Most of my arranging experience is in the field of arranging for voices and this cast is very talented.  I was able to do some preliminary sketches of harmonies before we started rehearsals, but really created the music after hearing the singers and their abilities.  That’s a benefit of having an in-house composer.  Even now, I am still adding, cutting, and modifying harmonies and sections of songs. 

Many of the carols that didn’t make it into the show as fully staged and sung pieces will be featured in the underscore of the piece.   The editing of pre-recorded music is a totally different skill set and part of the process, but since I’m doing both, I can chose pieces that sound similar and fit into the same genre of music to create the moods we want!

I think our audience is going to love humming along to the tunes that I’ve selected, but will be excited by new arrangements that they’ve never heard before.  Breathing life into familiar songs is one of my favorite things to do, especially for the holiday season!


Performance of "This Will Be My Dancing Day" from Charleston Stage's 2008 production of Christmas Carol
Performance of "This Will Be My Dancing Day" from Charleston Stage's 2008 production of Christmas Carol

A New Day Dawns: A Theme Song for A Christmas Carol

A number of years ago we began looking for some beautiful but lesser known carols to add to our production of A Christmas Carol. “Waissail, Waissail,” and  “Lo How A Rose” are two great carols we discovered.  And then one day, Broadway veteran, Oscar Kosarin, who was our music director at the time, came in with an obscure Polish carol . It was called  “W slobie lezy”  which translates as “He lies in the cradle”. A 1908 English translation gave it the title of “Infant Holy, Infant Lowly”.

Oscar said to me “I don’t know where you might use this, but it’s a lovely melody.”  It is lovely but I could never seem to find a place for it in the story.    Later I was trying to find a reason that Scrooge himself might sing someplace in the play and thought perhaps he might have a found great joy in singing as a youth, and like much of his younger self, had let that joy slip away over the years.

From that spark came “A New Day Dawns.” I used the Polish tune but wrote new lyrics and gave it to Young Ebeneezer.  He now sings it when he meets Belle at the Fezziwig’s Christmas party.

In this season’s production.  Amanda Wansa, our new Music Director, has helped us to expand “New Day” into a sort of theme song that you will hear returning in several key moments.  With it is a promise of hope for a new day, a new beginning, “A New Day Dawns” sums up the possibilities of change, redemption and rebirth even for hard hearted ol’ sinners like Ebenezer Scrooge and of course for people like you and me.

Taylor Carnie as Tiny Tim in Charleston Stage's "A Christmas Carol"
Taylor Carnie as Tiny Tim in Charleston Stage's "A Christmas Carol"

A New Day Dawns

In the darkness,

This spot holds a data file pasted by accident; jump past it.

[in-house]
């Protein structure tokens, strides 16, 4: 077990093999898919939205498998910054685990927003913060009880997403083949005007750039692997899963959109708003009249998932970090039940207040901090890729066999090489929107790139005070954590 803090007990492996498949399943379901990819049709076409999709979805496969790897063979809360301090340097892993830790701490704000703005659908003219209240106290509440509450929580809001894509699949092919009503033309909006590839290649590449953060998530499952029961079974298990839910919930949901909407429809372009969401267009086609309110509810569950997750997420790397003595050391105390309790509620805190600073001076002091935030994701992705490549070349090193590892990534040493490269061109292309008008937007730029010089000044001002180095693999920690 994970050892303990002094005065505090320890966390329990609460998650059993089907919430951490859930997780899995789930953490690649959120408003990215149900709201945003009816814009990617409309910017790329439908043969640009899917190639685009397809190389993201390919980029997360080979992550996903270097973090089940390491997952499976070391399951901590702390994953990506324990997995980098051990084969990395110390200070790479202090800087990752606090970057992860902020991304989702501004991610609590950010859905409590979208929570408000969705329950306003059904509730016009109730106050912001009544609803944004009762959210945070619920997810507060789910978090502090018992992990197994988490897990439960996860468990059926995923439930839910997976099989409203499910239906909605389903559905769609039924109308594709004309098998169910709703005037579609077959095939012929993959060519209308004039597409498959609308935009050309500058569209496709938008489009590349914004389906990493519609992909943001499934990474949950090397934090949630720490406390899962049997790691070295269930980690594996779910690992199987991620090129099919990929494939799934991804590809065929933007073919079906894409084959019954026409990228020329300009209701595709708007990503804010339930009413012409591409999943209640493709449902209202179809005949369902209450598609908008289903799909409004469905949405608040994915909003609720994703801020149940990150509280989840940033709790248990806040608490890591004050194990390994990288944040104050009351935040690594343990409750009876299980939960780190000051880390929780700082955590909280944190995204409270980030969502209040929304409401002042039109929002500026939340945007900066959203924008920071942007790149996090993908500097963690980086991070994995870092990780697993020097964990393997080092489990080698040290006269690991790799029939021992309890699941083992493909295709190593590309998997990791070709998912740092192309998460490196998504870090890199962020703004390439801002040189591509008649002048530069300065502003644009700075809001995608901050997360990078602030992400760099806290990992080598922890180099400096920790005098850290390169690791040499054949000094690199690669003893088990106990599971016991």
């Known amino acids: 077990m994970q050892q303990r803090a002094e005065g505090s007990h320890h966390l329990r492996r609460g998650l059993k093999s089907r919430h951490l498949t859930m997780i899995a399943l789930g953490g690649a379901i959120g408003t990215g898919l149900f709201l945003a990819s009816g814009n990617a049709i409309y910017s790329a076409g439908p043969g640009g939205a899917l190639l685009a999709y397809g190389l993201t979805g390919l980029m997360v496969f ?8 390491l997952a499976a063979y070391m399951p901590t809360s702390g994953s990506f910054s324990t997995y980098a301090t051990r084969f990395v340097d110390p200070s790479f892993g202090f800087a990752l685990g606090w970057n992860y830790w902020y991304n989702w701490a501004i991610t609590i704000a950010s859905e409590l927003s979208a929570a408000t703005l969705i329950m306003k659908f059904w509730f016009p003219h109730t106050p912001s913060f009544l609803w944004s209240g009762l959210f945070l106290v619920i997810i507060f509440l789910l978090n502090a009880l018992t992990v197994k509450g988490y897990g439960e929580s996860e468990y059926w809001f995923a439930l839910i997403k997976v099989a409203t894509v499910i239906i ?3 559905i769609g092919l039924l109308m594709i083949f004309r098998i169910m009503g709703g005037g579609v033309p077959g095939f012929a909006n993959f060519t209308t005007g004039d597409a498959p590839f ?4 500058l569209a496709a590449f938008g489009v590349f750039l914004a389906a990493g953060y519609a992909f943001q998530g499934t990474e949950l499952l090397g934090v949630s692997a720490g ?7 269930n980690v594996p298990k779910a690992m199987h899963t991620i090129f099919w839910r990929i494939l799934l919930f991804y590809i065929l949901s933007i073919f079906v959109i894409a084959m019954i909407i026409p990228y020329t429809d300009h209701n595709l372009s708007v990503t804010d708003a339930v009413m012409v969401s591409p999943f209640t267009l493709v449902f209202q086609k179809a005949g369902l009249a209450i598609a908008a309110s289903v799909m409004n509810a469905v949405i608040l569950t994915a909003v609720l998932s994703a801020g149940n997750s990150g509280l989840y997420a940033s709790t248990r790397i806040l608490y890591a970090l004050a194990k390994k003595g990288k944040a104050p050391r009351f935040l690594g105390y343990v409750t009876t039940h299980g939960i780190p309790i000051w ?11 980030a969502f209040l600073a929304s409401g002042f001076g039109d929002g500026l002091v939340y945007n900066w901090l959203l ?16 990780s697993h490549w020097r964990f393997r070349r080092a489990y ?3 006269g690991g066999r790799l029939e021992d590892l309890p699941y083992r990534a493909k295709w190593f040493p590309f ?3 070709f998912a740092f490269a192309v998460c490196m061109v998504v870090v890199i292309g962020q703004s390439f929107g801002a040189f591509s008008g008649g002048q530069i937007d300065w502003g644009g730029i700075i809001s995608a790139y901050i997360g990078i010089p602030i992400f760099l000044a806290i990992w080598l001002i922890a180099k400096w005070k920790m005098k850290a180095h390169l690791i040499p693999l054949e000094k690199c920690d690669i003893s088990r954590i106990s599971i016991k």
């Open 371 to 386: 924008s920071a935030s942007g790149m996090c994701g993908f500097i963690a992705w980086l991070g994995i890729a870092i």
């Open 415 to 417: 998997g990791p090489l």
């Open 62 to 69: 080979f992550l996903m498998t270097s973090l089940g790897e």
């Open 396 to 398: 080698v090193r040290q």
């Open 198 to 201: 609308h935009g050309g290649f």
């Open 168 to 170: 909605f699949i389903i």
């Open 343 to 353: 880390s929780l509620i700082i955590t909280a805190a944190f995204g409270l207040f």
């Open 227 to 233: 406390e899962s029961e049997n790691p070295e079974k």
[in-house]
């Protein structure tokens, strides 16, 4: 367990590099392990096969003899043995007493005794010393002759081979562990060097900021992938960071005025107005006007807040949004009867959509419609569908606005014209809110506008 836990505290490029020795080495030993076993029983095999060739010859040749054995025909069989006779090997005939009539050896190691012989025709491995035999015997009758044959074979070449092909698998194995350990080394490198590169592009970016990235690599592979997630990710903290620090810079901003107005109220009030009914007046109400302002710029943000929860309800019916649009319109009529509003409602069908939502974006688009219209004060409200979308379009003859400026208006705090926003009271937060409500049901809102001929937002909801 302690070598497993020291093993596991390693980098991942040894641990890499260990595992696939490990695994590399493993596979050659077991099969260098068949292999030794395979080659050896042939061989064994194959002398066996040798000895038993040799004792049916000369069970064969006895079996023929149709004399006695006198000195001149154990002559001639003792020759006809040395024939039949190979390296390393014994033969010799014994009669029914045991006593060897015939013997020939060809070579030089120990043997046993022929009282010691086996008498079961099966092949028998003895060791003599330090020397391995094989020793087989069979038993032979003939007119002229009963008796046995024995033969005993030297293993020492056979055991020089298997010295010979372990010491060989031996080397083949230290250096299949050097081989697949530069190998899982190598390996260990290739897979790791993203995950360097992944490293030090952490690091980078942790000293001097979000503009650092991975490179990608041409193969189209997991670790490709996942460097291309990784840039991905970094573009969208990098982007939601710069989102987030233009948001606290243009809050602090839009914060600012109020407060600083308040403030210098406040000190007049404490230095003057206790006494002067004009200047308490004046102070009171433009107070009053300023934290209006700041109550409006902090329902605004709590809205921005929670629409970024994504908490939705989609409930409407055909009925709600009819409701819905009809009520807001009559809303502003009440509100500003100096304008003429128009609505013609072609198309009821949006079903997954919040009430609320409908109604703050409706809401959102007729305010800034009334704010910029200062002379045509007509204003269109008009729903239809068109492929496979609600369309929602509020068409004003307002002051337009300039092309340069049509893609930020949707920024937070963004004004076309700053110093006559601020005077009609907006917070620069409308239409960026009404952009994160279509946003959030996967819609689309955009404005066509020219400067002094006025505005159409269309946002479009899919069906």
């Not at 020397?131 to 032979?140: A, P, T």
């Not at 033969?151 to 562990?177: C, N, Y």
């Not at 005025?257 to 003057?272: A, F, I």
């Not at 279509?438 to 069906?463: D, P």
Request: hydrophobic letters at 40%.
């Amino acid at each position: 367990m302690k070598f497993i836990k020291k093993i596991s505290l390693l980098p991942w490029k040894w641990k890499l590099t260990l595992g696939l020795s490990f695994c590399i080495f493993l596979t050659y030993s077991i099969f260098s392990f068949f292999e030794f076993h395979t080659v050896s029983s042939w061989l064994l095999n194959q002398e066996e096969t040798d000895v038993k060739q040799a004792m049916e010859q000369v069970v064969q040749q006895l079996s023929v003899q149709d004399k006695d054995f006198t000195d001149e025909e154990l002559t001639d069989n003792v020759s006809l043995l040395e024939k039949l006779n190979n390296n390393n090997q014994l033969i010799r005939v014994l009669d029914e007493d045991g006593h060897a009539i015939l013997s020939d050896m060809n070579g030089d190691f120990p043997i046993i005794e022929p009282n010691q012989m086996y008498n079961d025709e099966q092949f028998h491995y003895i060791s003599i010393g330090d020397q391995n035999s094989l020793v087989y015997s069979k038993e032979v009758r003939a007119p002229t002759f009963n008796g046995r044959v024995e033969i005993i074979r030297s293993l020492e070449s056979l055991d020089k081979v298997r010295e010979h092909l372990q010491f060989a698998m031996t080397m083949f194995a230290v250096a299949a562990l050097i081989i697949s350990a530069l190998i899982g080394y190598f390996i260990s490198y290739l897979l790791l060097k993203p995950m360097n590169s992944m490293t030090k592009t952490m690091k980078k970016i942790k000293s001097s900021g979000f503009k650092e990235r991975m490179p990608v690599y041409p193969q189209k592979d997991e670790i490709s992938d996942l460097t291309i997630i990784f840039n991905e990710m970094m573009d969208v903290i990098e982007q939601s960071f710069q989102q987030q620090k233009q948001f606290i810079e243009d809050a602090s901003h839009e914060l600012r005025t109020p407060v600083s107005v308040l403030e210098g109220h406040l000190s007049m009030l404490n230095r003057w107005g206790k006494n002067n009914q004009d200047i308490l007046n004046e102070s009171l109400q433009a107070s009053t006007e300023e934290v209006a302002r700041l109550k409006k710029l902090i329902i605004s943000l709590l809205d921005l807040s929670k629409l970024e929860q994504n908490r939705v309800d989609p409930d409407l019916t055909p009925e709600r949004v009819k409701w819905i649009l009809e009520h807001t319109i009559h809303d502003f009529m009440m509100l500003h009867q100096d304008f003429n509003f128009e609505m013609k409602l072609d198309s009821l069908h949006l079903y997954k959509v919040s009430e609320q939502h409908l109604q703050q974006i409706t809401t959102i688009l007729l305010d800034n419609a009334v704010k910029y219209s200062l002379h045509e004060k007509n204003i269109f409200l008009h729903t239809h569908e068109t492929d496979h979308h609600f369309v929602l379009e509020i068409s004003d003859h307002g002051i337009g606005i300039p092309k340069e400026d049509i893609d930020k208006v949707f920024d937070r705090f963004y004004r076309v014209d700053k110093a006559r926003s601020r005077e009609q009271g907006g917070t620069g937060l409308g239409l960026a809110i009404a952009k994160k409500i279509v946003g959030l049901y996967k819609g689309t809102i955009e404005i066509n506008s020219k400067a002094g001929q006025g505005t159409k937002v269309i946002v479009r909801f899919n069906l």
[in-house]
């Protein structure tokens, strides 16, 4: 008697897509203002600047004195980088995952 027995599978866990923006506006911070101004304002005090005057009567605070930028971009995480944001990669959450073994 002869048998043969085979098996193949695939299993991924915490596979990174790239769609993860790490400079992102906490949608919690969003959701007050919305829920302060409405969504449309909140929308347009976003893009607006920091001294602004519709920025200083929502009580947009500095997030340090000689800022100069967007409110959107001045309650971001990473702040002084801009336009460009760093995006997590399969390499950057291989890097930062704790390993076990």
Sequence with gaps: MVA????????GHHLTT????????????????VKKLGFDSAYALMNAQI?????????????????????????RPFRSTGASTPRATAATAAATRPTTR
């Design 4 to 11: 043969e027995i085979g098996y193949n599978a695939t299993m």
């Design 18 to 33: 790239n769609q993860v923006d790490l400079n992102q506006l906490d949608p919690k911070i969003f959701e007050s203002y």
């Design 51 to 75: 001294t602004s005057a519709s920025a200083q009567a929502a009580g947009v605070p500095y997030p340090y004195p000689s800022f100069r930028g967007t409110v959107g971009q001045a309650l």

In the silence,
Can you hear the angels sing?
In the softness,
Of a whisper
Hear the tidings that they bring,
Far away a babe is waking,
In it’s eyes the day is breaking.
A new day dawns today for you.
A new day dawns today for you.

Though the ages,
Comes the story,
Of the promise of that night.
When the heavens
Filled with glory
And a bright star burning bright.
Star of wonder, softly shining,
Here the message of its divining,
A new day dawns today for you.
A new day dawns today for you.

Adapted from the traditional Polish  Carol, W Slobie Lezy (He lies in the cradle).
New lyrics by Julian Wiles.

A Christmas Carol! An Old Friend Gets An Update

This is Charleston Stage’s 12th production of A Christmas Carol and the evolution of our production continues.  Rehearsals began last week with a terrific cast.  Several cast members have done the show with us before but in different roles and many cast members are new to this production.    While we’ve had great casts in the past we thought this would be a way for our performers to take a new look at these familiar characters.

Taking the role of Scrooge is veteran David Ardrew who has often played Cratchit in the past.  Now he gets to be the Boss and order poor Cratchit around.  Newcomer Taylor Carnie, a member of one of Charleston Stage’s performance troupes for young people is taking on the role of Tiny Tim.

Other new touches include an all new score by new Resident Music Director , Amanda Wansa.   The score features some old favorities with new arrangements and a number of new carols, including  three new production numbers have been created.  Former Resident Acting Company Member, Lindsey Lamb has returned from New York to choreograph these new numbers.  Lindsey and her husband, Drew, who performed in a national tour of A Christmas Carol, will also be taking the roles of The Ghosts of Christmas Past and Present in this new production.

Stay tuned for updates on our blog and this new production takes shape.

Julian Wiles, Director of A Christmas Carol

David Ardrey as Scrooge and Taylor Carnie as Tiny Tim
David Ardrey as Scrooge and Taylor Carnie as Tiny Tim